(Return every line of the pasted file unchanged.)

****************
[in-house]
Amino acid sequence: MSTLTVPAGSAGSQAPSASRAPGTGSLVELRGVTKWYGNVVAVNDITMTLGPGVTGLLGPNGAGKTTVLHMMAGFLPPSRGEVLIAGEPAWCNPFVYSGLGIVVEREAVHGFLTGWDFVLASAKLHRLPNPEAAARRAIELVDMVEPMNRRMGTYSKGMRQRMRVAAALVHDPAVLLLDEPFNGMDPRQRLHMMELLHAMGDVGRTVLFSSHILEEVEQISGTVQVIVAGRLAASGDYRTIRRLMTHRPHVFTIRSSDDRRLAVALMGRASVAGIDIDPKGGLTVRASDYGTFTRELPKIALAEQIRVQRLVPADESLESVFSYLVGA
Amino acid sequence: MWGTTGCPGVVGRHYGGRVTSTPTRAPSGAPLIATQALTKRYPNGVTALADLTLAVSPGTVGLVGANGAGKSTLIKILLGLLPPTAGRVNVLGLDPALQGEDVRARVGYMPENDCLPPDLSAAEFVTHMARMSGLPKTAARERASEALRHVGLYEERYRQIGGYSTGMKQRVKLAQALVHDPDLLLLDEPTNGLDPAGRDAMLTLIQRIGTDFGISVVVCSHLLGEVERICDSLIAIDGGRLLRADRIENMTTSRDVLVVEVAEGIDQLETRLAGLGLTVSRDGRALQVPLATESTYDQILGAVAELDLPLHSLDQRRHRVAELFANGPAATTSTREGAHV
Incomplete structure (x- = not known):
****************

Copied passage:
[in-house]
Amino acid sequence: MSTLTVPAGSAGSQAPSASRAPGTGSLVELRGVTKWYGNVVAVNDITMTLGPGVTGLLGPNGAGKTTVLHMMAGFLPPSRGEVLIAGEPAWCNPFVYSGLGIVVEREAVHGFLTGWDFVLASAKLHRLPNPEAAARRAIELVDMVEPMNRRMGTYSKGMRQRMRVAAALVHDPAVLLLDEPFNGMDPRQRLHMMELLHAMGDVGRTVLFSSHILEEVEQISGTVQVIVAGRLAASGDYRTIRRLMTHRPHVFTIRSSDDRRLAVALMGRASVAGIDIDPKGGLTVRASDYGTFTRELPKIALAEQIRVQRLVPADESLESVFSYLVGA
Amino acid sequence: MWGTTGCPGVVGRHYGGRVTSTPTRAPSGAPLIATQALTKRYPNGVTALADLTLAVSPGTVGLVGANGAGKSTLIKILLGLLPPTAGRVNVLGLDPALQGEDVRARVGYMPENDCLPPDLSAAEFVTHMARMSGLPKTAARERASEALRHVGLYEERYRQIGGYSTGMKQRVKLAQALVHDPDLLLLDEPTNGLDPAGRDAMLTLIQRIGTDFGISVVVCSHLLGEVERICDSLIAIDGGRLLRADRIENMTTSRDVLVVEVAEGIDQLETRLAGLGLTVSRDGRALQVPLATESTYDQILGAVAELDLPLHSLDQRRHRVAELFANGPAATTSTREGAHV
Incomplete structure (x- = not known):